“The first service a child doth his father is to make him foolish.” So wrote the 17th century poet George Herbert.
In the Midrash, we are told of a man who left a strange provision in his will (Mid. Ps. 92:13). The will left everything to his only child, his son, but conditionally: the son could not inherit “until he became a fool.”
No one could figure out the meaning of the will, including the son’s Rabbi. So he went to consult a greater authority, Rabbi Joshua ben Karcha. There he saw through the window that Rabbi Joshua was on all fours, a reed sticking out of his mouth, being pulled along by a child. He soon realized it was Rabbi Joshua ben Karcha’s small daughter and the rabbi was pretending to be a horse.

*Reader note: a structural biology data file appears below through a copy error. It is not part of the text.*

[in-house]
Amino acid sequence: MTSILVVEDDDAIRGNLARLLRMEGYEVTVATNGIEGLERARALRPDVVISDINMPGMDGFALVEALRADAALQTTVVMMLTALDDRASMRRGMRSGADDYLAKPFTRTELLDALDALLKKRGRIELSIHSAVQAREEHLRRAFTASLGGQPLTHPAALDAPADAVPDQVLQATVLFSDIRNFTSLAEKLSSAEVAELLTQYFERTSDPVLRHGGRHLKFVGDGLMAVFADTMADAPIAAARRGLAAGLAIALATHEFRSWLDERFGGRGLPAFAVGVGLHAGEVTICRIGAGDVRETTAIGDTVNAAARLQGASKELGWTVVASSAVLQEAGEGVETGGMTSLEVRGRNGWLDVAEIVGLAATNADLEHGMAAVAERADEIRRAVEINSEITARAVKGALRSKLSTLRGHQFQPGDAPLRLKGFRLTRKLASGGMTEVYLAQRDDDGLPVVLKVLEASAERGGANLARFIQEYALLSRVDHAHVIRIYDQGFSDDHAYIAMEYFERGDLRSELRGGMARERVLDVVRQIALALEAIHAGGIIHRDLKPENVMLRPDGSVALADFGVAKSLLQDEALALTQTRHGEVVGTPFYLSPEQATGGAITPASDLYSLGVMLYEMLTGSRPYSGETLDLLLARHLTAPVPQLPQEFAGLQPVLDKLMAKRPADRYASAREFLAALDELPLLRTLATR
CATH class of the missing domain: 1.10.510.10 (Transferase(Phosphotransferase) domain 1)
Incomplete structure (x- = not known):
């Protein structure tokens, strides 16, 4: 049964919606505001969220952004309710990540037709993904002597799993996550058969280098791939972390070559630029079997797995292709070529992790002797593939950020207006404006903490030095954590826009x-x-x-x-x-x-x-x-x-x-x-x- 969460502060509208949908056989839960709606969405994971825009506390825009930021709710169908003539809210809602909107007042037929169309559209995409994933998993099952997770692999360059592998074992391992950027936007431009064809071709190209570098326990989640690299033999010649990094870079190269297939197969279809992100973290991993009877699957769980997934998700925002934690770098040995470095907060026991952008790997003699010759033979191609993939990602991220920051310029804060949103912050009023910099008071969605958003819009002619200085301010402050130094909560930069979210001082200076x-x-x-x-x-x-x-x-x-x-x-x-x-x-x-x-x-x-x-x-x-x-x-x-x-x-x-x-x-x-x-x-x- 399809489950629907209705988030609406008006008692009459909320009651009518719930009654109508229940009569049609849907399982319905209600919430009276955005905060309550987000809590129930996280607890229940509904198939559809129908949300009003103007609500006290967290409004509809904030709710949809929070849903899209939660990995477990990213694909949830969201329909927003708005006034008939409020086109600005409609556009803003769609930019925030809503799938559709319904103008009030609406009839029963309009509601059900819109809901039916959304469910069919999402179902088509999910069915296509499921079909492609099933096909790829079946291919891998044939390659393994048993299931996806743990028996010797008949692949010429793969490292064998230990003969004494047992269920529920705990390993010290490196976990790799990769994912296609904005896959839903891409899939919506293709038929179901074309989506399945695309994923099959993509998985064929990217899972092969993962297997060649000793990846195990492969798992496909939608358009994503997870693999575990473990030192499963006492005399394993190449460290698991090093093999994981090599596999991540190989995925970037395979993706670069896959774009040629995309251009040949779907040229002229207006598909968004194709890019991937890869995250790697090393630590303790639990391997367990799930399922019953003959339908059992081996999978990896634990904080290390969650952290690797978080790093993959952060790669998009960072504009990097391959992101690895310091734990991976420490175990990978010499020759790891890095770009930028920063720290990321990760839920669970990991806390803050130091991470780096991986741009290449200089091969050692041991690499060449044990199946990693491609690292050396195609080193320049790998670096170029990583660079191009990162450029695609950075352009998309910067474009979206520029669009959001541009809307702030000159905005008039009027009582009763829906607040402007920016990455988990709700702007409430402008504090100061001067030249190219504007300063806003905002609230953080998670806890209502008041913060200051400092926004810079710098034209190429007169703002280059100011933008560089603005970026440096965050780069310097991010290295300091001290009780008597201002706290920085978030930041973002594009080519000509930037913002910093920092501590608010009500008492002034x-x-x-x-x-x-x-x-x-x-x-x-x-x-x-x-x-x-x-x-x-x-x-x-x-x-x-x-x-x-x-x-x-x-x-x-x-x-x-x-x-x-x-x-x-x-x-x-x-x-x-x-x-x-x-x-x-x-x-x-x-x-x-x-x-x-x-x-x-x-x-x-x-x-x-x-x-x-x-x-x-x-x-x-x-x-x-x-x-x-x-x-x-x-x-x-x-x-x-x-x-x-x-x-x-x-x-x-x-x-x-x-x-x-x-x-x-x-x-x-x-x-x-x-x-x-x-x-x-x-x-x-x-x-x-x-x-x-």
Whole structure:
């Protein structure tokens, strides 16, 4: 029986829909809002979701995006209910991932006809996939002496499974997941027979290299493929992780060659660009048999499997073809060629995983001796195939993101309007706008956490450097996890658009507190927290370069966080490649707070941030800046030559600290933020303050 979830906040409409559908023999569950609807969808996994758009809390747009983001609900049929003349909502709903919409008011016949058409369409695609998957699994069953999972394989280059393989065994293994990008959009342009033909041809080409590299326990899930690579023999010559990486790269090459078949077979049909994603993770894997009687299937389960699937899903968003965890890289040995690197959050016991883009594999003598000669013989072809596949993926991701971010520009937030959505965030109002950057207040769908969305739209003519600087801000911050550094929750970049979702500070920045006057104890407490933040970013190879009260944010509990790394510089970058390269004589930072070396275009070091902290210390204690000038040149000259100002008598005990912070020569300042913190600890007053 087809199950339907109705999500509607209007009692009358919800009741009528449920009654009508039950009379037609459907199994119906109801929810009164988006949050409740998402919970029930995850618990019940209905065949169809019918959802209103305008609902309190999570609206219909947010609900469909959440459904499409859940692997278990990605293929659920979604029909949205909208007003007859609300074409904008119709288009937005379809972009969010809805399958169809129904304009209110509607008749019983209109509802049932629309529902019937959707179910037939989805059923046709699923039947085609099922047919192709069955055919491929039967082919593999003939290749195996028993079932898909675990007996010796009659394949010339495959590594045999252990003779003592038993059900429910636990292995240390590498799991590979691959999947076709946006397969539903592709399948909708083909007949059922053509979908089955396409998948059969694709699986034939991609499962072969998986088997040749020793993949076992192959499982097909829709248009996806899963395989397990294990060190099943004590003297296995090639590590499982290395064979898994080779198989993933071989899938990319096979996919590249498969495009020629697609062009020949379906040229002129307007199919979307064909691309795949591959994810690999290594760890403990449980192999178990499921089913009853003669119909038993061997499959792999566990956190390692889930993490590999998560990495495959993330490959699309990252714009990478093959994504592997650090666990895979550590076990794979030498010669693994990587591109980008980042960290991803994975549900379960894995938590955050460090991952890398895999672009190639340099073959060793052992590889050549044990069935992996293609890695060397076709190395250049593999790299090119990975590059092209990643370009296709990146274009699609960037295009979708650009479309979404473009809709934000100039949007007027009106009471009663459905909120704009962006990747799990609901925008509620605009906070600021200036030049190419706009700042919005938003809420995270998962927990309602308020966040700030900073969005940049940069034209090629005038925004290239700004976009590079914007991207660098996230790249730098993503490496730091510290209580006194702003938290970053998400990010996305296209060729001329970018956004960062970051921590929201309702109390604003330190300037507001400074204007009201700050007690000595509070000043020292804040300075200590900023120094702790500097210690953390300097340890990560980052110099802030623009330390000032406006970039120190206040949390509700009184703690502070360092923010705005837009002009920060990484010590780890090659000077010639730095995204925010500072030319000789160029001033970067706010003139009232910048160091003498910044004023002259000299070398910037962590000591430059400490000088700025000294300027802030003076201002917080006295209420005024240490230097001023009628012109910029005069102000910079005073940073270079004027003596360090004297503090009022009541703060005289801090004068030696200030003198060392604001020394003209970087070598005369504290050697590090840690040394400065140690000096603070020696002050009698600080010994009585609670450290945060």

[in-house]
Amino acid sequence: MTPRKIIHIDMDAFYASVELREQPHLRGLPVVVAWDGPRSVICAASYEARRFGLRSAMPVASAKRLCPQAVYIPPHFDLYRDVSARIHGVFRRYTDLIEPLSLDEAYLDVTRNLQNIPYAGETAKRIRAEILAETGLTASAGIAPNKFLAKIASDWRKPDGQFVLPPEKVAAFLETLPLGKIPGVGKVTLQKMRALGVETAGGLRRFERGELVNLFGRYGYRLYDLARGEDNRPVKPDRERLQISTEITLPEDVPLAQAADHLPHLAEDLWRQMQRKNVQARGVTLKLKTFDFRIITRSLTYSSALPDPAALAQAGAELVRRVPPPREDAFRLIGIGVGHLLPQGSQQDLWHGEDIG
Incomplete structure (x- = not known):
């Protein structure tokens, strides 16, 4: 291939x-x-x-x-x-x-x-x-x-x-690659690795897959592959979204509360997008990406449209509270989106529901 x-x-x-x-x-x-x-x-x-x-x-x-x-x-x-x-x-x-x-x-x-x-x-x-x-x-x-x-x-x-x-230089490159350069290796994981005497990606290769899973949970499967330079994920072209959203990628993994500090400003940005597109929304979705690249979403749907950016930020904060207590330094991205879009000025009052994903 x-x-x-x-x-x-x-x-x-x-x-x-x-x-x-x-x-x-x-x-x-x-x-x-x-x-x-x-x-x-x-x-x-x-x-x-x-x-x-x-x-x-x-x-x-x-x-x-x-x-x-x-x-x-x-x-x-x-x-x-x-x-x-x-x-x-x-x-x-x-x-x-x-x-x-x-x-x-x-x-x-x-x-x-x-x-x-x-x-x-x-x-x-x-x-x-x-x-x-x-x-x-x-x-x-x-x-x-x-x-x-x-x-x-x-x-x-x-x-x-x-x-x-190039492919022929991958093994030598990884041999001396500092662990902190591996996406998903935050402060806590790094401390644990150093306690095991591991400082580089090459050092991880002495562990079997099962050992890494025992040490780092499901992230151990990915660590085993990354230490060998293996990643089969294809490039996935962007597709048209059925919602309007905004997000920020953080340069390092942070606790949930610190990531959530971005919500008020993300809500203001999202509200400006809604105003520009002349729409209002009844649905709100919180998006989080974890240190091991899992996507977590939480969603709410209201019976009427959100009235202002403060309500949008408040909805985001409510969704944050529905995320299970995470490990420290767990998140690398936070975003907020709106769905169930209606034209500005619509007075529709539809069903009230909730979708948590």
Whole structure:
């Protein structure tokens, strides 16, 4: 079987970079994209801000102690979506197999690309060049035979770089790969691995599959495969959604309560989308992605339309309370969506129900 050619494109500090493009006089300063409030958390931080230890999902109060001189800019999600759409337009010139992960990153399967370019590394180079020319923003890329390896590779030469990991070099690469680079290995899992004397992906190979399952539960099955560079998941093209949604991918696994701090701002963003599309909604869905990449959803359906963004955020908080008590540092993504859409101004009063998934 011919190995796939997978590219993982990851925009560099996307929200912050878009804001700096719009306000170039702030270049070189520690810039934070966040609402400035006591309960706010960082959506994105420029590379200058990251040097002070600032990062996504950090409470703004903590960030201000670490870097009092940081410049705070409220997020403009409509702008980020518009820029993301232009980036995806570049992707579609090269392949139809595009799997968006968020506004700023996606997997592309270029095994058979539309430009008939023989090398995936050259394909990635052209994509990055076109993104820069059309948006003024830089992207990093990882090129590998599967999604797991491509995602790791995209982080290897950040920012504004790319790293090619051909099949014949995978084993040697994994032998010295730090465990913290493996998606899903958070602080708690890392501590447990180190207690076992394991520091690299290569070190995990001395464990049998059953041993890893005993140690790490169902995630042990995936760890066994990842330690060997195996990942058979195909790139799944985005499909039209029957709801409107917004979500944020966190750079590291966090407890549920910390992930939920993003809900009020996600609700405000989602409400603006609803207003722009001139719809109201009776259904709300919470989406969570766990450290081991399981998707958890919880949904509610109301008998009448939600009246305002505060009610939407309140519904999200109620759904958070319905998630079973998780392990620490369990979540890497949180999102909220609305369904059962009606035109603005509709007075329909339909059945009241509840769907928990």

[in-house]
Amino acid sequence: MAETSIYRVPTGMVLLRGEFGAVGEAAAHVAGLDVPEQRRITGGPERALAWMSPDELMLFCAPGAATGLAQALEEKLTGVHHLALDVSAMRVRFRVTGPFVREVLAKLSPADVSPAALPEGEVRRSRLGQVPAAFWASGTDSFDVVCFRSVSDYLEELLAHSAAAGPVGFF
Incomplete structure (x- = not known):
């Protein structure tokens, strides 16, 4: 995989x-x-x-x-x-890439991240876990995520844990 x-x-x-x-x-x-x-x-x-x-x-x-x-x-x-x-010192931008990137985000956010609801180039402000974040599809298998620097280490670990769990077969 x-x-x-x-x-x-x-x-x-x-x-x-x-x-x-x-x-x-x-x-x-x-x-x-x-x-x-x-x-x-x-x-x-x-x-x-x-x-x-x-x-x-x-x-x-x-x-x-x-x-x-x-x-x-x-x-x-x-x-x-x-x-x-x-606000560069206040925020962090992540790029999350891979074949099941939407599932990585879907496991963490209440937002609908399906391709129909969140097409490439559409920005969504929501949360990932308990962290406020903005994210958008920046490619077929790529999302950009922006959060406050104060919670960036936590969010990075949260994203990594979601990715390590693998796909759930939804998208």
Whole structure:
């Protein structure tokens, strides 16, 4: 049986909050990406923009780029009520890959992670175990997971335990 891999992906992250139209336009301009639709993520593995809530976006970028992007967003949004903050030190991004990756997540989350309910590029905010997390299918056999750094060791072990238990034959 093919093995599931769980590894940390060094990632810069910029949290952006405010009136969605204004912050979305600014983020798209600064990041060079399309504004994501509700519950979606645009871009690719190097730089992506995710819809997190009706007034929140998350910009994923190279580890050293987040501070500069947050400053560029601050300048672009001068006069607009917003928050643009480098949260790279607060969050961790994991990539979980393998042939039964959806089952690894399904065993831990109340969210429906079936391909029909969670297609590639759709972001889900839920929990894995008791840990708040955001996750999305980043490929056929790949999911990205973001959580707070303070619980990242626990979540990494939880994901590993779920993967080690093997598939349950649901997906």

When asked about the will, the sage instantly responded: “What you just saw is your answer.” The will meant the son could not inherit until he had children. For living with adults alone can induce a seriousness that is really foolish.